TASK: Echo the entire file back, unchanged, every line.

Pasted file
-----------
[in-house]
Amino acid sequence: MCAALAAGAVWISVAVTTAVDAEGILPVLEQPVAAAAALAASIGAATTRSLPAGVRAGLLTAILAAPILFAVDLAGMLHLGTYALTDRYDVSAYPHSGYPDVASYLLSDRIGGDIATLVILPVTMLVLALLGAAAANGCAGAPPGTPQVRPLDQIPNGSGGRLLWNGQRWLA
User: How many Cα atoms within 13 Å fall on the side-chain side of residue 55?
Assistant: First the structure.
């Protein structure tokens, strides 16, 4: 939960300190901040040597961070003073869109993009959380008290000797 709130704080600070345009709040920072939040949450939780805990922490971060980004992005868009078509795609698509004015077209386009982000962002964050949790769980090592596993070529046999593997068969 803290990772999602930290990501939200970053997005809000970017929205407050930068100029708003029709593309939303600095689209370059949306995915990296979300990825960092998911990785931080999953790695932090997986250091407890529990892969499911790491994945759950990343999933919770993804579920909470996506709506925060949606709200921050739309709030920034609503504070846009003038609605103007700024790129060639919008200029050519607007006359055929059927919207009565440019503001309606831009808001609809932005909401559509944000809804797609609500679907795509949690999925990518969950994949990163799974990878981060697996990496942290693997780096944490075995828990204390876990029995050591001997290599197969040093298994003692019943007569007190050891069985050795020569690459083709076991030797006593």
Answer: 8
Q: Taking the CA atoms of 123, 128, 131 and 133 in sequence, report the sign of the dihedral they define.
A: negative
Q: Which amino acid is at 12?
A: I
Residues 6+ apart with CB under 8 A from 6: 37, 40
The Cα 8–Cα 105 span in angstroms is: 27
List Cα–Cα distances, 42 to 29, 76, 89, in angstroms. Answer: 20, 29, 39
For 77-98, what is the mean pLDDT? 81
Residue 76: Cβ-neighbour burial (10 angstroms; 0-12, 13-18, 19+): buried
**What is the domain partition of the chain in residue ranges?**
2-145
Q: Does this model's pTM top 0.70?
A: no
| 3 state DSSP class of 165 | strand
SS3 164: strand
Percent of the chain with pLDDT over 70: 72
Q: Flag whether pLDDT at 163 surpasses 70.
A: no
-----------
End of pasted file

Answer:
[in-house]
Amino acid sequence: MCAALAAGAVWISVAVTTAVDAEGILPVLEQPVAAAAALAASIGAATTRSLPAGVRAGLLTAILAAPILFAVDLAGMLHLGTYALTDRYDVSAYPHSGYPDVASYLLSDRIGGDIATLVILPVTMLVLALLGAAAANGCAGAPPGTPQVRPLDQIPNGSGGRLLWNGQRWLA
User: How many Cα atoms within 13 Å fall on the side-chain side of residue 55?
Assistant: First the structure.
């Protein structure tokens, strides 16, 4: 939960300190901040040597961070003073869109993009959380008290000797 709130704080600070345009709040920072939040949450939780805990922490971060980004992005868009078509795609698509004015077209386009982000962002964050949790769980090592596993070529046999593997068969 803290990772999602930290990501939200970053997005809000970017929205407050930068100029708003029709593309939303600095689209370059949306995915990296979300990825960092998911990785931080999953790695932090997986250091407890529990892969499911790491994945759950990343999933919770993804579920909470996506709506925060949606709200921050739309709030920034609503504070846009003038609605103007700024790129060639919008200029050519607007006359055929059927919207009565440019503001309606831009808001609809932005909401559509944000809804797609609500679907795509949690999925990518969950994949990163799974990878981060697996990496942290693997780096944490075995828990204390876990029995050591001997290599197969040093298994003692019943007569007190050891069985050795020569690459083709076991030797006593």
Answer: 8
Q: Taking the CA atoms of 123, 128, 131 and 133 in sequence, report the sign of the dihedral they define.
A: negative
Q: Which amino acid is at 12?
A: I
Residues 6+ apart with CB under 8 A from 6: 37, 40
The Cα 8–Cα 105 span in angstroms is: 27
List Cα–Cα distances, 42 to 29, 76, 89, in angstroms. Answer: 20, 29, 39
For 77-98, what is the mean pLDDT? 81
Residue 76: Cβ-neighbour burial (10 angstroms; 0-12, 13-18, 19+): buried
**What is the domain partition of the chain in residue ranges?**
2-145
Q: Does this model's pTM top 0.70?
A: no
| 3 state DSSP class of 165 | strand
SS3 164: strand
Percent of the chain with pLDDT over 70: 72
Q: Flag whether pLDDT at 163 surpasses 70.
A: no